As this article is being written, defeated strike votes from Quebec’s universities and colleges are rolling in. The push to block the start of classes, imposed by the Liberal government, appears to be failing. Most of the strike votes have failed with a large majority voting to return to class. The movement is faltering as students are grudgingly voting to end the strike. However, while grim, all is not yet lost. This is a decisive turning point for the movement and it is vital that we learn the lessons going forward.

In the fall of 2008, as the financial crisis was just starting to impact the United States, the Harper government was lauding Canadian banks as the “soundest in the world.” This was to become a well-rehearsed and well-worn talking point for government and corporate mouthpieces throughout the duration of the 2008-10 recession. However, a recent study released by the Canadian Centre for Policy Alternatives (CCPA) reveals a staunchly different picture. Massive government bailouts were doled out to the country's largest banks to the tune of $114-billion of public money being pumped into the financial institutions.

Over the past month, thousands of students across Canada have joined in massive displays of solidarity with the Quebec student movement.  This solidarity movement has not been limited to just students; it has also included the participation of trade unionists, young workers, teachers, and parents.  It has even caught the imagination of residents and onlookers who have joined in the casserole-inspired demonstrations marching through neighbourhoods in Toronto and other cities. There has been at least ten solidarity demonstrations organized in Toronto alone over the past six weeks. The largest of these demonstrations had 3,000 people marching on a single evening.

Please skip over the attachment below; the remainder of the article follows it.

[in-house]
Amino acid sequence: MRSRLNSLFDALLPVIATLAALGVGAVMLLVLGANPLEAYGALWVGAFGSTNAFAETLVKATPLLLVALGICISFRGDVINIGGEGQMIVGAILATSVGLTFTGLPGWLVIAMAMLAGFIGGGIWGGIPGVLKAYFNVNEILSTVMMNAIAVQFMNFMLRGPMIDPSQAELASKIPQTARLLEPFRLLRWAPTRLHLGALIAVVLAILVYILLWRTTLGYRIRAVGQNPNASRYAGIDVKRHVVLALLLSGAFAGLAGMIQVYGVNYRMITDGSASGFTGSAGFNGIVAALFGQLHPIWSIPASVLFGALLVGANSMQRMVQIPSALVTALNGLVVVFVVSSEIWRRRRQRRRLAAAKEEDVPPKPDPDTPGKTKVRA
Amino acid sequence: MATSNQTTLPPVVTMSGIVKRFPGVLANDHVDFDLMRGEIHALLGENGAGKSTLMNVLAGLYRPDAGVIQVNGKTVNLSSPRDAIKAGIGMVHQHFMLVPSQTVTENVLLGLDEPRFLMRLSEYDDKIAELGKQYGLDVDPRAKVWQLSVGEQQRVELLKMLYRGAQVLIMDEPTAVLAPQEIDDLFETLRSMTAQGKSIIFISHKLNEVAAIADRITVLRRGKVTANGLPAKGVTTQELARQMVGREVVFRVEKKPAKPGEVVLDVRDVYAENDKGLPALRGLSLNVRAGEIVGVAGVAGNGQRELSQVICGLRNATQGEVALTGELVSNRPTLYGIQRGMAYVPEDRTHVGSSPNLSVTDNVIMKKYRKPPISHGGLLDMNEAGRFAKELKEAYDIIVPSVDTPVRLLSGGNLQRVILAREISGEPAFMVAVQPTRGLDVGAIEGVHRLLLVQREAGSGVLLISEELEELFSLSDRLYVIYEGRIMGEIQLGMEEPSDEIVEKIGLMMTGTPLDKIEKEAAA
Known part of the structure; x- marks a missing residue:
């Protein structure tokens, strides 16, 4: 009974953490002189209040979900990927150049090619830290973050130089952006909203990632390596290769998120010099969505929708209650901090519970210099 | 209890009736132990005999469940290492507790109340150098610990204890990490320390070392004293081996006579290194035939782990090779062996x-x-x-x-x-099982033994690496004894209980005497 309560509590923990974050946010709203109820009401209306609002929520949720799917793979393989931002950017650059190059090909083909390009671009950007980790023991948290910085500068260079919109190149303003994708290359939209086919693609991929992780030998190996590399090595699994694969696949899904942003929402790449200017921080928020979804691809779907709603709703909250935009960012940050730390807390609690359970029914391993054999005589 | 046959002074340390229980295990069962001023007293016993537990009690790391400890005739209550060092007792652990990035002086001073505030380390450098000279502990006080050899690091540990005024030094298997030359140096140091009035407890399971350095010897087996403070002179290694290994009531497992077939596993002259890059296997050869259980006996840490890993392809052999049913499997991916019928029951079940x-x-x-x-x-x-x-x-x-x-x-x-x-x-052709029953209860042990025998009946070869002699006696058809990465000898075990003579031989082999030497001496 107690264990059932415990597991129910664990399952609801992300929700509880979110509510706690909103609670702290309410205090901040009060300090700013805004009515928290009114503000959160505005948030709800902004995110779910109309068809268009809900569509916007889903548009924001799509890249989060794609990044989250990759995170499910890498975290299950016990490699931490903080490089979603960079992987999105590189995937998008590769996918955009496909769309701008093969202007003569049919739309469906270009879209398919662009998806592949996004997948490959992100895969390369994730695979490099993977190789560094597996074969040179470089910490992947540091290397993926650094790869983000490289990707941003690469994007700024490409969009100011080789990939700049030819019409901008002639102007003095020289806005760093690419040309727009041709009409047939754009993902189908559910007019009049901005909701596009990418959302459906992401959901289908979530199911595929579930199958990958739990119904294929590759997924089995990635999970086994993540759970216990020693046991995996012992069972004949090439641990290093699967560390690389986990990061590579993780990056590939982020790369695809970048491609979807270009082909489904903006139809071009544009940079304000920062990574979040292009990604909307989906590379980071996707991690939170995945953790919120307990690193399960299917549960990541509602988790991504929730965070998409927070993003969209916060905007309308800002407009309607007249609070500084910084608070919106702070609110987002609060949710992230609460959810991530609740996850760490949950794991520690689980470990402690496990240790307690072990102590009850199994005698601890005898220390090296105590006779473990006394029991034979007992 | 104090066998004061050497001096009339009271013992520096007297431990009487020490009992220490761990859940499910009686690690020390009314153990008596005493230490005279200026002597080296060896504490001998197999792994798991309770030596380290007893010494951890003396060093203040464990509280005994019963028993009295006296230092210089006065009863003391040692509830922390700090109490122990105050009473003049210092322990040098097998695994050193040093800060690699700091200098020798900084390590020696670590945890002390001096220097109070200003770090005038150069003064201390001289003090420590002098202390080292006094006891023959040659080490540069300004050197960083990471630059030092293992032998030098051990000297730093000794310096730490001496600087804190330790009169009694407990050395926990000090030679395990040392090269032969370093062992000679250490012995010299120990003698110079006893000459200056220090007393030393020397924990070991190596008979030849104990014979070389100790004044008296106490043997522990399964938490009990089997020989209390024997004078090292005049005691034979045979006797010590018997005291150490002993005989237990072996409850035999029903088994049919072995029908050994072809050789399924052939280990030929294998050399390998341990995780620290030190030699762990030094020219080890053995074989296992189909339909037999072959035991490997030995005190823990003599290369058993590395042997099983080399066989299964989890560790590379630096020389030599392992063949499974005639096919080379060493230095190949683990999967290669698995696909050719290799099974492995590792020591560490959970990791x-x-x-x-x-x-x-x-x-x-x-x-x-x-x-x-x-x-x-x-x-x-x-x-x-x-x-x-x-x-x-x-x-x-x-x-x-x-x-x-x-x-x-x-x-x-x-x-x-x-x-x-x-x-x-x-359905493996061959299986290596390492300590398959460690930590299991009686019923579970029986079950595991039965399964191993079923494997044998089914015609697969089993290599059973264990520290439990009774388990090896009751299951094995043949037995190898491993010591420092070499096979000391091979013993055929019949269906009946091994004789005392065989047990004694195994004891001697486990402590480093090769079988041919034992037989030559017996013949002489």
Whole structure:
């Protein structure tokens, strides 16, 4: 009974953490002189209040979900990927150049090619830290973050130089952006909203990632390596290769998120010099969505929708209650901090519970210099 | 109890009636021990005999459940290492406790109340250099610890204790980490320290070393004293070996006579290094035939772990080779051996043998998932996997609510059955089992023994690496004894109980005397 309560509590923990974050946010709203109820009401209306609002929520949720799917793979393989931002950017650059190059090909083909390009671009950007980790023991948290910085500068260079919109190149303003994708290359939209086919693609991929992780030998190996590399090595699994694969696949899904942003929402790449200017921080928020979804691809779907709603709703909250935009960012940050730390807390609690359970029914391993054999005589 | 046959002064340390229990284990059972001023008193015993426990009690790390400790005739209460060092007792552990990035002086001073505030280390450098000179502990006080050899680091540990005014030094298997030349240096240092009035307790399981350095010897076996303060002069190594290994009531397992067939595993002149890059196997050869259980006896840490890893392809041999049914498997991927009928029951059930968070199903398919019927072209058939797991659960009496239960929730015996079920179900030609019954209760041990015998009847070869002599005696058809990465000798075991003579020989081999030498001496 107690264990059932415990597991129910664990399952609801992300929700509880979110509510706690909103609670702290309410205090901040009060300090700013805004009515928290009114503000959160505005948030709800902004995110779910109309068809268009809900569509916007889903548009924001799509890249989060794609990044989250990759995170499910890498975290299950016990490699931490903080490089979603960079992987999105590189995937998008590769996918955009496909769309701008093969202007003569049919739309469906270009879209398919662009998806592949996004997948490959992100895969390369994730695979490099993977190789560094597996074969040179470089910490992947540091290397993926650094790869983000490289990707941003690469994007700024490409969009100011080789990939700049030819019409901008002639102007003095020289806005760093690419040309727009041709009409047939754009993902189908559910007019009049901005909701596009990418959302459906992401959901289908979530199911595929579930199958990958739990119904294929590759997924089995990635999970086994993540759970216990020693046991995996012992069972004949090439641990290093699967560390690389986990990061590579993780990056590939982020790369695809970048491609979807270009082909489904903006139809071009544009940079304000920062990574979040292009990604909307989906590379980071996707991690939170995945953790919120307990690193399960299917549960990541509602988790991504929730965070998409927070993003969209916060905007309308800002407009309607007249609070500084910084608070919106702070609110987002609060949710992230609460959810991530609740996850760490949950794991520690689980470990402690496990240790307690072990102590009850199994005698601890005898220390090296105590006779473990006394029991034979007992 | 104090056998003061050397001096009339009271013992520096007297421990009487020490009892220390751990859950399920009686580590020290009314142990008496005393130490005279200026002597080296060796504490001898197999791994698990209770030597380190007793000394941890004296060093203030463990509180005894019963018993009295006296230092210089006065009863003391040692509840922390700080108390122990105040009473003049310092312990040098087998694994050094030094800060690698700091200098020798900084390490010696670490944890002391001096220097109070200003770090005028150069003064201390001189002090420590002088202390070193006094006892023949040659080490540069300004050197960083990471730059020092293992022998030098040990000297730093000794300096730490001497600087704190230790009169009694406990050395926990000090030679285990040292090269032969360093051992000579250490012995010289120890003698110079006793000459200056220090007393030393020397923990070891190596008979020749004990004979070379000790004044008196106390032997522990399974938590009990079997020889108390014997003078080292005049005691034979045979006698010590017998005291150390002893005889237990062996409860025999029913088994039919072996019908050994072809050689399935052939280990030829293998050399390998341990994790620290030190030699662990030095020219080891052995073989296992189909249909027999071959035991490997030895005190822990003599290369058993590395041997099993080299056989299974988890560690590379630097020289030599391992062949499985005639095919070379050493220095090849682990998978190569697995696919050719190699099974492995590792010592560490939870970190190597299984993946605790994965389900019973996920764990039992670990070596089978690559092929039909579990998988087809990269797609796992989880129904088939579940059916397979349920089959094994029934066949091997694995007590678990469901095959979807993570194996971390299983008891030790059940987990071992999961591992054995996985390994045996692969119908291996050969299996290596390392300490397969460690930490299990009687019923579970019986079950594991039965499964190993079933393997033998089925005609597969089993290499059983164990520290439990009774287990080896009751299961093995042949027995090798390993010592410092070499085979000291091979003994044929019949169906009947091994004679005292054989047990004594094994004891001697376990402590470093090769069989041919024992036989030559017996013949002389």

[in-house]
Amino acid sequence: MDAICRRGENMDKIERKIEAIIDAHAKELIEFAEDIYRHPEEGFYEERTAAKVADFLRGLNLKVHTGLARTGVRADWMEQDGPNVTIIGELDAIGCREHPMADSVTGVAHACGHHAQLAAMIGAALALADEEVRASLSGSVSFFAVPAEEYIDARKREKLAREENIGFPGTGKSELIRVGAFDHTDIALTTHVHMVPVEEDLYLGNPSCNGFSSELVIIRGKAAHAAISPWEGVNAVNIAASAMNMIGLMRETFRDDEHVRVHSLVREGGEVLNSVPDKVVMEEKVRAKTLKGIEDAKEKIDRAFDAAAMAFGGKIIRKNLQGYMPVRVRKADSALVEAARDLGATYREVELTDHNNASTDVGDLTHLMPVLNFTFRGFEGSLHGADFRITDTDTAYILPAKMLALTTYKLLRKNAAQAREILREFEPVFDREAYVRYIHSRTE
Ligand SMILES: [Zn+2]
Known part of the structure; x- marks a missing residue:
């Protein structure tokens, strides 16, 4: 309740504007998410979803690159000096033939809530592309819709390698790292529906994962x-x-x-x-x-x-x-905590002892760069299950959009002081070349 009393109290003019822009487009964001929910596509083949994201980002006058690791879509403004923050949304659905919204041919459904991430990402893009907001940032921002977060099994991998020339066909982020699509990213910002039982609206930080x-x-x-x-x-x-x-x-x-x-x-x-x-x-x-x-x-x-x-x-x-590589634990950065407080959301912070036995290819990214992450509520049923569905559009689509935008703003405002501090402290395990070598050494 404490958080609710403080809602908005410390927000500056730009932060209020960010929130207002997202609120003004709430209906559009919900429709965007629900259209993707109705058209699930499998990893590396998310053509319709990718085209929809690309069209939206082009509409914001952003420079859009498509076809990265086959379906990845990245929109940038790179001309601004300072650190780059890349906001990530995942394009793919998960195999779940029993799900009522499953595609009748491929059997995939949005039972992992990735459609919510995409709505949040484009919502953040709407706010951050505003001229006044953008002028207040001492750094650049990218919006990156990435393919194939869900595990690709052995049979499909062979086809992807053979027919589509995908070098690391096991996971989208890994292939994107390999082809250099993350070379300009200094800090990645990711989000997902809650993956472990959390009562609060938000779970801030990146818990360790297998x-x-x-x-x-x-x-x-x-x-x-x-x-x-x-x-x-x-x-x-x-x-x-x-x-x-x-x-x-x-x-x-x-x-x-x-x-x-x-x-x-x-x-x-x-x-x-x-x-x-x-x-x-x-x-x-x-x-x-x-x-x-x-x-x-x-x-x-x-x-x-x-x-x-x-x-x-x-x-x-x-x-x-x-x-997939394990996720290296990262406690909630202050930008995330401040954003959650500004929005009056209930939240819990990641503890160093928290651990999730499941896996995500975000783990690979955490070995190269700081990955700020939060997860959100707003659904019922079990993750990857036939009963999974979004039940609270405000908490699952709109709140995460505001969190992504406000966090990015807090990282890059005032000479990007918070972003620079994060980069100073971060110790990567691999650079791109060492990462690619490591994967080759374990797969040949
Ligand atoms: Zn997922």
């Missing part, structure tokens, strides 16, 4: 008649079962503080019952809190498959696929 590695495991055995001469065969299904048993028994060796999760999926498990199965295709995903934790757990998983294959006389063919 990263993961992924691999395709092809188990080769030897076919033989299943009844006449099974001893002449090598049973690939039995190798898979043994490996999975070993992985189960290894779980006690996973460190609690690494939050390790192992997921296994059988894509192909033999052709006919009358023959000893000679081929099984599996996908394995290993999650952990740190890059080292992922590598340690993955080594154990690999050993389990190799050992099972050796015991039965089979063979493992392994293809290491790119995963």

As part of their agenda of austerity and attacks on working-class people, the Conservative government is attempting to bring in major “reforms” to Canada’s system of immigration. During the last federal election campaign, Stephen Harper and his minister of immigration, Jason Kenney, tried hard to woo ethnic communities’ support to the Conservatives.  But now that the elections are over for a while, the Tories feel safe in attacking these same communities as part of the general war against workers.

The numerous arrests during the festivities associated with the Grand Prix in Montreal launch a new stage in the police repression of the Quebec student strike, which has lasted for more than 120 days (as of the writing of this article). For the four days of these festivities, more than 130 people were arrested. More important than the number of arrested was the way in which these arrests were carried out.

In what has become a May-long-weekend tradition, about 50 Marxist supporters travelled to Toronto for the 12th national conference of the Canadian Marxists of Fightback and La Riposte.  As in previous years, the Marxists met to discuss the world situation and how to best intervene in the increasing number of movements against capitalism; but, what made this conference different from that of years past was the fact that it was being held at the same time as the largest mass movement in Canadian history.

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